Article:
Today we are sharing Emily’s piece from the reflection series on day 18 of Fr. Michael Gaitely’s 33 Days to Morning Glory.   To see the rest of the series, visit

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Today’s Reflection:

Fr. Gaitley presents us with a real solution to many of our day in and day out mothering challenges, more specifically, how we respond to people around us when we’re not feeling particularly warm toward them. As mothers, we are called to serve and perform acts of love, even if we don’t “feel” like it. During such times, it is even more challenging to be compassionate and have a heartfelt response to Christ and what he has done for us. We can grow cold and complacent in our Catholic faith, just like motherhood.

We all have days when we don’t feel like being a mom. It’s what makes us human. An incredible gift of our faith, though, is the Blessed Mother and her desire to bestow upon us the grace to rise above these human tendencies. An essential part of this rising above is the ability to see Christ in everyone we encounter.

Our Lady longs to transform our ordinary human love into extraordinary, Godlike love and enable us to see the value of each person with whom we come in contact, even when we lack the energy or will power to do so. She wants to not only direct us to Christ but also completely transform our hearts through a profound gratitude for what her son did for us on the cross. It is this gratitude and subsequent realization of God’s unfathomable love that enables us to not burn out in our vocation as mothers but be willing and able to serve day in and day out, year in and year out.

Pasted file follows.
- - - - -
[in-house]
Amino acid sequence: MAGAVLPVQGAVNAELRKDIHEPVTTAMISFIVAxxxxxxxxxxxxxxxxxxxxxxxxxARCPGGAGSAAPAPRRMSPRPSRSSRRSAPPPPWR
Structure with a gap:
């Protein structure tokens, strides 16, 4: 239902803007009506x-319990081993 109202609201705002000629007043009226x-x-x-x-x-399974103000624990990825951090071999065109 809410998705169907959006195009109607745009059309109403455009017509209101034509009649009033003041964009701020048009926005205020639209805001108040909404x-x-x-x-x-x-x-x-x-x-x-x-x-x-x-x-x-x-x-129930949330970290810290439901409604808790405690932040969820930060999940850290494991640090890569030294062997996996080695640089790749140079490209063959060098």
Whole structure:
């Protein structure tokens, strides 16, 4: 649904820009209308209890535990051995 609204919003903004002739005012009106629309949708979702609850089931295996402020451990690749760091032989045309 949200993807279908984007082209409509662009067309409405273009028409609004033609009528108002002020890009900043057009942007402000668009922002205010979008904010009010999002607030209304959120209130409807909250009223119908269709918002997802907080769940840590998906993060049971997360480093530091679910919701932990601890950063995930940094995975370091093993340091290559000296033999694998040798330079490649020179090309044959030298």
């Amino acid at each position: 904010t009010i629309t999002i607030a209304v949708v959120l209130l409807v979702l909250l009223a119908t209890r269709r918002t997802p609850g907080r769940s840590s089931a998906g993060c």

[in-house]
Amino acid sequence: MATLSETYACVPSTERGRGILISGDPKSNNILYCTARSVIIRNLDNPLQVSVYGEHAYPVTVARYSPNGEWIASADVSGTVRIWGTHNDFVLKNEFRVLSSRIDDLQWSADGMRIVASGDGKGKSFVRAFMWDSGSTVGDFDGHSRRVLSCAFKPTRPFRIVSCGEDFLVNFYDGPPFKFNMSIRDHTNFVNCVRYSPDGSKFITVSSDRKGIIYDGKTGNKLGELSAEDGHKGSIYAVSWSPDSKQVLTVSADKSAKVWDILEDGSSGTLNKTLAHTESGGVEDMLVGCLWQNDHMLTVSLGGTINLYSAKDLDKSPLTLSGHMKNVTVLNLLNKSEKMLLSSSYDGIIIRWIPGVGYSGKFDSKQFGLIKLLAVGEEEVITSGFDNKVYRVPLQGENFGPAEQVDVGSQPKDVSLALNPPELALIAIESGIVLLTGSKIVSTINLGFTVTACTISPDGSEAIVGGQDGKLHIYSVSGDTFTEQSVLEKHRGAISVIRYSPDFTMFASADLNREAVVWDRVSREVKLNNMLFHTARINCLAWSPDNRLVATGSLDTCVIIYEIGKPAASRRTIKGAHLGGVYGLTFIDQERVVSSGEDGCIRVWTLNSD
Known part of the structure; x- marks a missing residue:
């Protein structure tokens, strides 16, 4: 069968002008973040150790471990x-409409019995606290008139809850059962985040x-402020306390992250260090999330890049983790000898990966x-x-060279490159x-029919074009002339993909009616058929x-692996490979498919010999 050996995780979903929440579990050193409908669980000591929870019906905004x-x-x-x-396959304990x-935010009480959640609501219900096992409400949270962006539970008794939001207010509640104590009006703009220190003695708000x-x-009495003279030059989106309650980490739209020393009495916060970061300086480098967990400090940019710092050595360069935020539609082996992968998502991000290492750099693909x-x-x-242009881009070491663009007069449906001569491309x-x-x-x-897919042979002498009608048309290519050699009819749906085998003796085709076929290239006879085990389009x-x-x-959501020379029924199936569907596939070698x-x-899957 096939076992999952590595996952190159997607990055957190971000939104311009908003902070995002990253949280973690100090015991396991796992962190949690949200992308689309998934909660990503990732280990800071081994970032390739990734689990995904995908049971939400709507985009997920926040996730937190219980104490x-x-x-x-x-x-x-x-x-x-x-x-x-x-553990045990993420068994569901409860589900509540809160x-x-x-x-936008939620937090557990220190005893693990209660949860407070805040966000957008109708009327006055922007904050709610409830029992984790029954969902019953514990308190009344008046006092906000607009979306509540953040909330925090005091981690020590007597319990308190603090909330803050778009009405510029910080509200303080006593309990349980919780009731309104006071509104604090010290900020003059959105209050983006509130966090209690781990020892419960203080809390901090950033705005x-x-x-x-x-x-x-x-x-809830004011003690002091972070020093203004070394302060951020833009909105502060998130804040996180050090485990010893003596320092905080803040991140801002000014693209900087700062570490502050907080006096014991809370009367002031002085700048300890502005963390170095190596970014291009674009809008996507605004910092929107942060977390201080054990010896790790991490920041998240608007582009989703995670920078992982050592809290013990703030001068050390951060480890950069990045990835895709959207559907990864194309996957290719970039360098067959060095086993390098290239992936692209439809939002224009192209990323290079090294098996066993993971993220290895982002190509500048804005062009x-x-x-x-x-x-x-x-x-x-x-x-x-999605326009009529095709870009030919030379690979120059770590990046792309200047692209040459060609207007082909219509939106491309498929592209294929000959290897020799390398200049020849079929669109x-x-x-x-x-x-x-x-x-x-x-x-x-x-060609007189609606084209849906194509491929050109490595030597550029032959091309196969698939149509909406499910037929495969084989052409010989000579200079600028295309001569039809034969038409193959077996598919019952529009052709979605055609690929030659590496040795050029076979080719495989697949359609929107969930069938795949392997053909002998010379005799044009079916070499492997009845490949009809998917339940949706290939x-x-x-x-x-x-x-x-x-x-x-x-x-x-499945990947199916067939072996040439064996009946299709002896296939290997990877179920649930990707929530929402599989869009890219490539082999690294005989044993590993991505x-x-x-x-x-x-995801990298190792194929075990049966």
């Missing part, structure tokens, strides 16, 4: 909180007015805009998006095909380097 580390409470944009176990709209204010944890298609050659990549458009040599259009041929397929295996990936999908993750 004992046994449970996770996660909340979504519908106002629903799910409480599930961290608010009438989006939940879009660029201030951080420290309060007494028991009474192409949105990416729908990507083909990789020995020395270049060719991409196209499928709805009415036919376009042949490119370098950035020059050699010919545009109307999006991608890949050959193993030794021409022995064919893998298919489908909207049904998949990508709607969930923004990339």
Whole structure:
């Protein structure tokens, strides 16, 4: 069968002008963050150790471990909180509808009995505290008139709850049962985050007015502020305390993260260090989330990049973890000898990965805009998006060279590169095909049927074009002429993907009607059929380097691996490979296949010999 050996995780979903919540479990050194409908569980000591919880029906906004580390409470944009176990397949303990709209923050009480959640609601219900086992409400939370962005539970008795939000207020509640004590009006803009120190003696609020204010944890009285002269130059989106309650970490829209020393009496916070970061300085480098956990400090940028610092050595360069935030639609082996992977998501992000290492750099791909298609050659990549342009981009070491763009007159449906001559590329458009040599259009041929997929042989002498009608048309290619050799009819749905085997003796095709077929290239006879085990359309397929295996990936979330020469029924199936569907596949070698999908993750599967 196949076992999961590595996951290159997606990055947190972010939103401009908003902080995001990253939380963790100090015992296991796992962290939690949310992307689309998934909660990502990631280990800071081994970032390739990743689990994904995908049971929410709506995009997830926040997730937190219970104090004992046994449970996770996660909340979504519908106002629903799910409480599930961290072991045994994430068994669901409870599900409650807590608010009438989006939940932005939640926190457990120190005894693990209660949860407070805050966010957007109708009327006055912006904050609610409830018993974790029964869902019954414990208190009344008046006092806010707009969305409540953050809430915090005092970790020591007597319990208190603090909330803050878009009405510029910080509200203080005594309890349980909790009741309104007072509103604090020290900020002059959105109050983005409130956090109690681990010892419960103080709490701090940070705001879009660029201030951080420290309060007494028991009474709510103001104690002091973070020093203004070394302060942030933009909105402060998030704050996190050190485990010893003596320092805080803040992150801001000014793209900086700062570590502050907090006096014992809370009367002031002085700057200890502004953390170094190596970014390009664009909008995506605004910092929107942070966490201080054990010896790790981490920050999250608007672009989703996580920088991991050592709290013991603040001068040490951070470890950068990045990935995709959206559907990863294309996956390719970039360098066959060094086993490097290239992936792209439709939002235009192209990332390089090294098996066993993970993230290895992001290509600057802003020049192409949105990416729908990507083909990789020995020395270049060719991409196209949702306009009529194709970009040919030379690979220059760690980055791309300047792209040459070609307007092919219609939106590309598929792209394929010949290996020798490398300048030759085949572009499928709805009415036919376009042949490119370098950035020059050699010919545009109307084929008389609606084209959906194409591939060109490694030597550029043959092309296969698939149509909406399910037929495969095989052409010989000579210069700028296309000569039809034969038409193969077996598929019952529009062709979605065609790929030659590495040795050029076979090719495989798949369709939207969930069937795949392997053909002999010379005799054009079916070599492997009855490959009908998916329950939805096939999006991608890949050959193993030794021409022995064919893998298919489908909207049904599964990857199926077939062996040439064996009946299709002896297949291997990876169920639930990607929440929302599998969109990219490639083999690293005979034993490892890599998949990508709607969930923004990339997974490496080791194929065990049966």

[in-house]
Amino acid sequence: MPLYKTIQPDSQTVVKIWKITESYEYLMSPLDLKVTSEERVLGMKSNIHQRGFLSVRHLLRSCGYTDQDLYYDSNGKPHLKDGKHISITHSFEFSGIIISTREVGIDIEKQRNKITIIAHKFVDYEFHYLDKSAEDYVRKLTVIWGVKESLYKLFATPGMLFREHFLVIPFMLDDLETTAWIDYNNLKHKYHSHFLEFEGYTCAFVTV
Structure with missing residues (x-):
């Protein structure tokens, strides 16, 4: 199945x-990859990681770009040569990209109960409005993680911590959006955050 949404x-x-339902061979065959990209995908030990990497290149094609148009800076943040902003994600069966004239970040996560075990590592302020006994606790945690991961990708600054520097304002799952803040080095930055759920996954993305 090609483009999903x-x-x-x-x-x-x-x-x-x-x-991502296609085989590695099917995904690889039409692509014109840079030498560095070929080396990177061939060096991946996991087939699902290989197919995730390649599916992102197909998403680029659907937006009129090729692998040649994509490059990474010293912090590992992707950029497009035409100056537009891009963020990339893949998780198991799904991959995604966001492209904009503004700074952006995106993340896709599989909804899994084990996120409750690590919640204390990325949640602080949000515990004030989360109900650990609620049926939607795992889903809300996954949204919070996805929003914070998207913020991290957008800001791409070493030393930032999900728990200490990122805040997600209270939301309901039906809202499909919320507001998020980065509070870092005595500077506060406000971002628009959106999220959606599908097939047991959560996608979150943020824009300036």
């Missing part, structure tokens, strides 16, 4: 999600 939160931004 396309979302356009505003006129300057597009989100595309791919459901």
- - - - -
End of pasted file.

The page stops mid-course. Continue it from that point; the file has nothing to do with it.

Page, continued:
If Mother Theresa could spend her life serving the poorest of the poor, we too can be endowed with the same graces necessary to serve our families and those around us. In praying like Mother Teresa did to be lent the Blessed Mother’s heart, we approach Our Lady with the confidence that she can and will extend to us a wellspring of love that will pour out onto our families and beyond. Mary is the key to turning our cold heartedness back into the tenderness that fuels the fire of love in our homes and renews us as mothers.

Finally, the second prayer, “Keep me in your most pure heart” is a reminder that “I may please Jesus through you, in you and with you.” Mother Theresa is actually asking in this prayer to live her life’s mission in Mary’s heart. May we, as mothers, remember to keep our own vocations in the heart of the Blessed Mother so that we can love with the perfect Love of her Immaculate Heart.

To Ponder:

How can the Blessed Mother help me be a better mother?

Let Us Pray:

Dear Blessed Mother, Please help me to be a better mother, by allowing Christ to work within me.

Copyright 2015 Emily Jaminet